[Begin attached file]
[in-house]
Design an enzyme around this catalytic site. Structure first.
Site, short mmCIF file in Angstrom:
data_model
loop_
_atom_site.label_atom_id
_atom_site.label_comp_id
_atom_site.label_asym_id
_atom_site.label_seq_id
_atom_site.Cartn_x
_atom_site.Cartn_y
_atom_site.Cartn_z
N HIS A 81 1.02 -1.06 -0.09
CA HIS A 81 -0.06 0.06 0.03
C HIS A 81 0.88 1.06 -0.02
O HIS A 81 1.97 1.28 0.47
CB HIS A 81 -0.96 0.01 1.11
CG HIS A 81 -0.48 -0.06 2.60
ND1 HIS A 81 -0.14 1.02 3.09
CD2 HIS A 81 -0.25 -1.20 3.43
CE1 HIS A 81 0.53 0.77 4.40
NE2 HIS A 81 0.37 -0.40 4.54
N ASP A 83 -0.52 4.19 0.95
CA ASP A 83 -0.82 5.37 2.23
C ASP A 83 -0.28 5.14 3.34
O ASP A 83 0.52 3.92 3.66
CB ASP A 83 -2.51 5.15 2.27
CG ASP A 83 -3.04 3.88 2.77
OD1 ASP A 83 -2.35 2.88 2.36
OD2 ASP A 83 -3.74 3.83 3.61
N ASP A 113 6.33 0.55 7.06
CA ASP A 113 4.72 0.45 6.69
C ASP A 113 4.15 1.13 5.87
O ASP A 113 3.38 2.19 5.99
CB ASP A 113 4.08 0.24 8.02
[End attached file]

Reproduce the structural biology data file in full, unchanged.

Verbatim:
[in-house]
Design an enzyme around this catalytic site. Structure first.
Site, short mmCIF file in Angstrom:
data_model
loop_
_atom_site.label_atom_id
_atom_site.label_comp_id
_atom_site.label_asym_id
_atom_site.label_seq_id
_atom_site.Cartn_x
_atom_site.Cartn_y
_atom_site.Cartn_z
N HIS A 81 1.02 -1.06 -0.09
CA HIS A 81 -0.06 0.06 0.03
C HIS A 81 0.88 1.06 -0.02
O HIS A 81 1.97 1.28 0.47
CB HIS A 81 -0.96 0.01 1.11
CG HIS A 81 -0.48 -0.06 2.60
ND1 HIS A 81 -0.14 1.02 3.09
CD2 HIS A 81 -0.25 -1.20 3.43
CE1 HIS A 81 0.53 0.77 4.40
NE2 HIS A 81 0.37 -0.40 4.54
N ASP A 83 -0.52 4.19 0.95
CA ASP A 83 -0.82 5.37 2.23
C ASP A 83 -0.28 5.14 3.34
O ASP A 83 0.52 3.92 3.66
CB ASP A 83 -2.51 5.15 2.27
CG ASP A 83 -3.04 3.88 2.77
OD1 ASP A 83 -2.35 2.88 2.36
OD2 ASP A 83 -3.74 3.83 3.61
N ASP A 113 6.33 0.55 7.06
CA ASP A 113 4.72 0.45 6.69
C ASP A 113 4.15 1.13 5.87
O ASP A 113 3.38 2.19 5.99
CB ASP A 113 4.08 0.24 8.02